article in eWeek, Seagate recently unveiled its highest capacity ever enterprise hard drive, a 10TB helium-filled design, that competes directly with similar drives manufactured by HGST and Samsung. Because it is filled with helium instead of air, the 3.5-inch Seagate Enterprise Capacity HDD has less drag on its internal components, enabling them to run cooler and with less power than standard HDDs.
Samsung currently owns the capacity record with a 16TB hard disk it introduced last fall, but it lists for $7,000 and probably isn't going to be high on many wish lists until the price comes down by at least 50 percent. HGST may be the furthest ahead of the group, since its 10TB helium drive came out in September 2014. Seagate is aiming the new drive at cloud-based data storage needs.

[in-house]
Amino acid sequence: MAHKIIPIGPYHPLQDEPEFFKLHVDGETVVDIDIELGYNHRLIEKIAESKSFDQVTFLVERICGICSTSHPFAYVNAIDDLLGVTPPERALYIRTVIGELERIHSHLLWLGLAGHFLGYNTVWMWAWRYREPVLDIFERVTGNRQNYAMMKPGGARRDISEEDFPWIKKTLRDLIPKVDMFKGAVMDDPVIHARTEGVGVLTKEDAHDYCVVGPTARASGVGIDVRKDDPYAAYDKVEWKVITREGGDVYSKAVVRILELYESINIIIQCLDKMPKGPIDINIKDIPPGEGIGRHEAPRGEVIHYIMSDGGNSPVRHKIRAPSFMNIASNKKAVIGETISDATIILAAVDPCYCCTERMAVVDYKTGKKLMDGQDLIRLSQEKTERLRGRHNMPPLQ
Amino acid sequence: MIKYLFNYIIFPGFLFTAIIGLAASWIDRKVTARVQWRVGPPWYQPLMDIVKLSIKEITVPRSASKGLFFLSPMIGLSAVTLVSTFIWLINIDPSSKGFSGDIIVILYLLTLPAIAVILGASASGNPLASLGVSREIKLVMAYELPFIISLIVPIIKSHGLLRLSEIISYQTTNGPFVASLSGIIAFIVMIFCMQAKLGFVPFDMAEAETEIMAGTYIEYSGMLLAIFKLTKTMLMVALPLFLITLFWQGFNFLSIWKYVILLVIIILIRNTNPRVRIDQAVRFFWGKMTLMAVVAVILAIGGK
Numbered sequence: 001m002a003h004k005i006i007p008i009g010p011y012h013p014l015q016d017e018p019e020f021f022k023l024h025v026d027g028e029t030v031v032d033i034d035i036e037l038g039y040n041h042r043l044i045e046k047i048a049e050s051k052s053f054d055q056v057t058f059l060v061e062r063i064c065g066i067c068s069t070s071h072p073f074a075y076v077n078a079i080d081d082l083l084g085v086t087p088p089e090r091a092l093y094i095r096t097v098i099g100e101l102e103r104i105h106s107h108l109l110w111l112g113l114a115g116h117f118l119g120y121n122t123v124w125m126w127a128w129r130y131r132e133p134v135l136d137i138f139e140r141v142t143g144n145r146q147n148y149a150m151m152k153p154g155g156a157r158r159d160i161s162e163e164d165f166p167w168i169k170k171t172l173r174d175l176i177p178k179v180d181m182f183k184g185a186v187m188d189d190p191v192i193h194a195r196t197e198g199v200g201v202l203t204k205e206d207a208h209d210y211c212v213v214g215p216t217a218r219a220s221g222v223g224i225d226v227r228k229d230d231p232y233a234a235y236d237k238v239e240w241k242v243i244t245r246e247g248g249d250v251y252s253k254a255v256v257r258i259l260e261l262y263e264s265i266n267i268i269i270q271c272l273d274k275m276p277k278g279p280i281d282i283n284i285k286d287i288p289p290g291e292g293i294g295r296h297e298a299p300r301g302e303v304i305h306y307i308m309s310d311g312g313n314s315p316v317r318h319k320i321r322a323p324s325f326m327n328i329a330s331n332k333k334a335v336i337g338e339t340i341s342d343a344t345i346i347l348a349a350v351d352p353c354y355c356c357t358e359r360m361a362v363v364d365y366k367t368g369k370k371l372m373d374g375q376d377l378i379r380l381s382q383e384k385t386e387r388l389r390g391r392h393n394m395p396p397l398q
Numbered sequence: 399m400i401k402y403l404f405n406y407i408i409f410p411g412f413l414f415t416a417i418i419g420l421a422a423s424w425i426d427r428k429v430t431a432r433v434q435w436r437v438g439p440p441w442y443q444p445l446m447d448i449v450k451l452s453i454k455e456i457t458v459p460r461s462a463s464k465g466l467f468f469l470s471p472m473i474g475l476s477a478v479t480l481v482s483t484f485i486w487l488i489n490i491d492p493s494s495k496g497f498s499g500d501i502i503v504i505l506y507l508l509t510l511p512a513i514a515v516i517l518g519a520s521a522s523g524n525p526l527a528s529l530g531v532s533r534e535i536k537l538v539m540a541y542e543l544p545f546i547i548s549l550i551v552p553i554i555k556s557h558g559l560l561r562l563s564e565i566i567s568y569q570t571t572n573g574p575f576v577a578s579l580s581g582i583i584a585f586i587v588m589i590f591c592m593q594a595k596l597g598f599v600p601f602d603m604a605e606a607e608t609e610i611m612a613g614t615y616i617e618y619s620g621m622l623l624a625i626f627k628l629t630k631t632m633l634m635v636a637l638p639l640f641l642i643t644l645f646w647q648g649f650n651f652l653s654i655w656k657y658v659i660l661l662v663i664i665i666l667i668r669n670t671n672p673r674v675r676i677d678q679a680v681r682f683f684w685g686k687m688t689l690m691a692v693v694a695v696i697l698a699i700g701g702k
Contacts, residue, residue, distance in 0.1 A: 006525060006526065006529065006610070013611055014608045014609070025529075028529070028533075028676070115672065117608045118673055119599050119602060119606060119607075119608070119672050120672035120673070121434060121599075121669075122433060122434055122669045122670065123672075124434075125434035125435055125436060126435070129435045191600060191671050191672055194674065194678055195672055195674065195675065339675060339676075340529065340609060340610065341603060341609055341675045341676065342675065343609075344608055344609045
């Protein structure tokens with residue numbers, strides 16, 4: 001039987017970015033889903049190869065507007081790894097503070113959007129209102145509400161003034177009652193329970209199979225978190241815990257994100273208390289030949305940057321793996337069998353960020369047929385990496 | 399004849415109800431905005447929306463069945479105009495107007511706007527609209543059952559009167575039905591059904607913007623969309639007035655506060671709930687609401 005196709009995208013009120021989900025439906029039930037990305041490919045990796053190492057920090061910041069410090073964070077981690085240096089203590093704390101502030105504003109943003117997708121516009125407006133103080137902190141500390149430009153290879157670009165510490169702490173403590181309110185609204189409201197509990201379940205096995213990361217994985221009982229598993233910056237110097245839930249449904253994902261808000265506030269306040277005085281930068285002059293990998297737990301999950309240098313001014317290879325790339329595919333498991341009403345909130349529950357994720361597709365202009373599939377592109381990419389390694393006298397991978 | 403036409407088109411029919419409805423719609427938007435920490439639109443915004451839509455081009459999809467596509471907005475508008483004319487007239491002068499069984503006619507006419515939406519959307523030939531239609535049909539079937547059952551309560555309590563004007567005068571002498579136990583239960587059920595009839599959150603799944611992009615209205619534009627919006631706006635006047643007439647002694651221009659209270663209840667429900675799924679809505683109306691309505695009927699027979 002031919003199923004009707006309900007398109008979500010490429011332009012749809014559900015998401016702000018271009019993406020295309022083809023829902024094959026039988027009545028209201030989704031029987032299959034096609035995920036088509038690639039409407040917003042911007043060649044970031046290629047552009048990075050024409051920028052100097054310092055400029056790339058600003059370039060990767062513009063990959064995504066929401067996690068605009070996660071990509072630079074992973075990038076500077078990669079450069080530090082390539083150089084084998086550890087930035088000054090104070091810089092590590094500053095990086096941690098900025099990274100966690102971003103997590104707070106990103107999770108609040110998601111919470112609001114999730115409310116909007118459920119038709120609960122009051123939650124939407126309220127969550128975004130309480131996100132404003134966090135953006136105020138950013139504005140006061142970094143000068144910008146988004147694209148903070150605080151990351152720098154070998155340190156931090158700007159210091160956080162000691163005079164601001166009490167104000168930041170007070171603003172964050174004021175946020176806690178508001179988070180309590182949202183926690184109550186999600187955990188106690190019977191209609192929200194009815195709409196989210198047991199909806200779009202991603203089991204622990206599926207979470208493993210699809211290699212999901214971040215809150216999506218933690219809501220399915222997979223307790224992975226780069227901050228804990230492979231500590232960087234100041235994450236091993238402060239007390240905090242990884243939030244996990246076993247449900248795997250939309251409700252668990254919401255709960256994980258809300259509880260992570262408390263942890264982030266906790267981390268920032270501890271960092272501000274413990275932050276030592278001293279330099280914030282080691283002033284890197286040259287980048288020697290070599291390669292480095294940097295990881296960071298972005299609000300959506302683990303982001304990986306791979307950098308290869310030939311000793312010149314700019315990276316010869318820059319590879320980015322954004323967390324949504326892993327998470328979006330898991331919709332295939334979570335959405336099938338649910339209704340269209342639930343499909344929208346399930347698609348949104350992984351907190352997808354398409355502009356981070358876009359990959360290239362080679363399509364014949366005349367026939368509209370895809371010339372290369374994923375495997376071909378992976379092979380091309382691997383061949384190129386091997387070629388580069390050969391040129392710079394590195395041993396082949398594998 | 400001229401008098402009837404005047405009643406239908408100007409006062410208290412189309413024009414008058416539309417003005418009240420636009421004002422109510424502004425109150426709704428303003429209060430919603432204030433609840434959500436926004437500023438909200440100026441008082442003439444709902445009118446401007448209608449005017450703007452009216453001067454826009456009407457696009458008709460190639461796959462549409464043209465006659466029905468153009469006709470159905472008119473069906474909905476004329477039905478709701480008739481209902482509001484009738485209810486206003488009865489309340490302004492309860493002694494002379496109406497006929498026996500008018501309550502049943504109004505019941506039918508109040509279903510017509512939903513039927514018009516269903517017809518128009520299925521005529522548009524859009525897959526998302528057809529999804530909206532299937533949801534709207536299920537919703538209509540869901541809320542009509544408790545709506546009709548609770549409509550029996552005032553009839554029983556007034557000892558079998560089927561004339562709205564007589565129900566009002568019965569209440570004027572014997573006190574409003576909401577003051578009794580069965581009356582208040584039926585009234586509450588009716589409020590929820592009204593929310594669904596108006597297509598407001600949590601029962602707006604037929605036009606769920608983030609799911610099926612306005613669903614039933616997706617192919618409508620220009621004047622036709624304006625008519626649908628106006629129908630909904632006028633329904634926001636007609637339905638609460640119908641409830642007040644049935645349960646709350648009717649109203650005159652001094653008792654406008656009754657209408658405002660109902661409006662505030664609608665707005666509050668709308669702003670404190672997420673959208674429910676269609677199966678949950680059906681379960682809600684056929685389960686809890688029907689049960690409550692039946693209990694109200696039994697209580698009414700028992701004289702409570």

The 10TB HDD uses the standard 3.5-inch disk design and incorporates seven platters and 14 heads. Seagate said the drive features the industry's lowest power/TB ratio and weight specifications for a 10TB HDD. This breaks down to 25 percent more density to help businesses increase the number of petabytes per rack, the company said.
If anyone remembers the PC’s of the 1980’s it was common to have 10-40MB of hard drive storage available. My dad had an IBM PC/AT with a 20 MB hard drive which was "handed down" to me when I was in grade school. The drive currently sits disassembled in a box in my office. I checked the date on it and it was manufactured in June 1985! For comparison, this new drive represents a 1,000,000 times increase in storage capacity over the earliest hard drives.